Jewellery making involves many stages, and from initial concept to finished piece it takes skill honed over many years to perfect each design. Michele White says she sees herself as an artist as much as a jeweller.
It is no surprise to find she is Vice President of the Royal Birmingham Society of Artists, an organisation which has a rich heritage in terms of both jewellery and the wider artistic life of the city. The Society membership has included key jewellers and enamellers such as Kate Eadie and Georgie Gaskin, and to this day features leading artists, designers, sculptors, ceramicists and printmakers all working across a range of media.
Birmingham was the centre of Britain’s jewellery trade, and the birthplace of the Arts and Crafts movement, which placed an emphasis on craftsmanship and forms taken from the natural world. Both Eadie and Gaskin studied at the Birmingham Municipal School of Art and were artists long before they were jewellers.
A modern jeweller
Michele is carrying on this tradition, and also looks to the natural world for inspiration. Of her own process, she says:
‘I always start off with a drawing. That’s always first. A single piece can take weeks, and there is no thinking of end purpose, I just work from my initial idea and let concepts develop. In that way, I am much more of an artist.’
Michele’s designs often feature trees as she has a great love of nature and botany. Larger pieces are made in layers, sometimes with a landscape at the front.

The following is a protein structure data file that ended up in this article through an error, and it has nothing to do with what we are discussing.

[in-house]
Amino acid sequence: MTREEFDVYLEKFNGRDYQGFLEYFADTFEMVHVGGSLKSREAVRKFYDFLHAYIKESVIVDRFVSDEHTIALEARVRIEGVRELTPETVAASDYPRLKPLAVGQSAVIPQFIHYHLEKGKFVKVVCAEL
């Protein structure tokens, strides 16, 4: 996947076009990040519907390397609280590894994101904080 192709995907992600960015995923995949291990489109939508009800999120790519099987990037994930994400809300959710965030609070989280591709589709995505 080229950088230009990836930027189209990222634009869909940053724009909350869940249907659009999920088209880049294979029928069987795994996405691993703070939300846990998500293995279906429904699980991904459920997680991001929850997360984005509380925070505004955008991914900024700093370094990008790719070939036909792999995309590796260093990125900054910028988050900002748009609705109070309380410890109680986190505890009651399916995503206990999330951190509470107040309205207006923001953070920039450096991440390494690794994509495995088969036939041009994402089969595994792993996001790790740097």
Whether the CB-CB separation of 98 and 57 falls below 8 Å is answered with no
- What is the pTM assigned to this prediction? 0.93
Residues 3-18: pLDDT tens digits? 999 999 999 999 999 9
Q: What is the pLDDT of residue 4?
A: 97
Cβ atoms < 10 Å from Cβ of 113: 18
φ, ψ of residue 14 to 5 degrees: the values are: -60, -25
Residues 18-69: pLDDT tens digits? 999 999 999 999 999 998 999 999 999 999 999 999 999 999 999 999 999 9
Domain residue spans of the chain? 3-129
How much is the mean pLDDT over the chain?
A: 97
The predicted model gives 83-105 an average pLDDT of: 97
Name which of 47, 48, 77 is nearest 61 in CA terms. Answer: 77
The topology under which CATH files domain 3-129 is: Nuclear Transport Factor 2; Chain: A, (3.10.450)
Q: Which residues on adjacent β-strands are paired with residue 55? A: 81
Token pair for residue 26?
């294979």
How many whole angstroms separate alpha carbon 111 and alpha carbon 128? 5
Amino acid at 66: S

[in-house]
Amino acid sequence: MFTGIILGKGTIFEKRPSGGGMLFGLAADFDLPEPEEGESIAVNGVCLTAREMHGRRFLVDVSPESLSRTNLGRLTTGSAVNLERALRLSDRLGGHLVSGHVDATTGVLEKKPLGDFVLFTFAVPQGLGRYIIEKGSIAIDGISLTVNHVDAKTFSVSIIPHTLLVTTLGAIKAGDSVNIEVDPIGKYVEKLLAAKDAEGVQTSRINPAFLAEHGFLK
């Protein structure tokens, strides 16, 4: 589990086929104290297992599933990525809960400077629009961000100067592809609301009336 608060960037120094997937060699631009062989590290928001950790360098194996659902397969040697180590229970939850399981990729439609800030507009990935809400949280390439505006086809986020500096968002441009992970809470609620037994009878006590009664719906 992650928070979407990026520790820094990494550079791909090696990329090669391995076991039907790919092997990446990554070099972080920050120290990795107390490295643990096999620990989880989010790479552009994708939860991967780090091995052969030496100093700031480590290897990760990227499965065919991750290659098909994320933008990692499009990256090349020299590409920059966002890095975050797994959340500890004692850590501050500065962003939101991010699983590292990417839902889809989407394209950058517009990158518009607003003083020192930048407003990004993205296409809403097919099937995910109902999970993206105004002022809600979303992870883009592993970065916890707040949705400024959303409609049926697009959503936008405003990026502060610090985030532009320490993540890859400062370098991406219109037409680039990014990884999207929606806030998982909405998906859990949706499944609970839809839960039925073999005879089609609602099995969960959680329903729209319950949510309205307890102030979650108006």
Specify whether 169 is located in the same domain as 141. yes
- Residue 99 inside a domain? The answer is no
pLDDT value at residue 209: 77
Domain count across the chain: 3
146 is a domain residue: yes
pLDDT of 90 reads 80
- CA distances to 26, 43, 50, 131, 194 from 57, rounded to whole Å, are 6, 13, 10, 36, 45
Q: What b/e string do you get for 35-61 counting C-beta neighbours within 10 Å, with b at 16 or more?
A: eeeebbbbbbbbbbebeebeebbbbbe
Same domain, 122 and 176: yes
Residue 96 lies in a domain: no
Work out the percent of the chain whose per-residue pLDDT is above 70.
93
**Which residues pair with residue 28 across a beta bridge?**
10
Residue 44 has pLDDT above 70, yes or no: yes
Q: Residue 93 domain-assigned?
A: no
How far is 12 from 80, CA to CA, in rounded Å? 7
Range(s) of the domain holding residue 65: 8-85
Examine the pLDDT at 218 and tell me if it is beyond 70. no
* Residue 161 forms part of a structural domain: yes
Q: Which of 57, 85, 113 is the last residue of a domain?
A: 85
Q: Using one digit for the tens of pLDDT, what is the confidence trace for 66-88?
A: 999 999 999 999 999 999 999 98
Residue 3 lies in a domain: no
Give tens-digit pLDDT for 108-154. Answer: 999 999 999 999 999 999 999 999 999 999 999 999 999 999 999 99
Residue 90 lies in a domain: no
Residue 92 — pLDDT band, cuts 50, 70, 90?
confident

‘All the wires for my tree designs are cut out separately and are assembled on a sheet of silver. I create a tableau through layers and assemble the tree design, cutting out each of the branches separately and sprinkling the foliage over, which is then fused and soldered.
‘The gaps in the branches are achieved by cutting out with a saw. There’s another sheet of silver at the back, and the agate is set when all the components are done. It is set into a back plate and coloured with oxidation.’
Michele’s range of rings and brooches are also extremely popular, as these are pieces that can be worn every day.
‘The rings sell very well, and I make pieces that can be worn as brooches or pendants. I like to chat with people and find out what has brought them to the Gallery, and what they may be looking for.
‘It’s interesting to note that the women often buy for themselves. They tend to come on their own, and know what they like. Of course, I’m equally happy helping men choose for a special birthday or anniversary.’
Take a moment to check out Michele’s designs, and browse her jewellery range.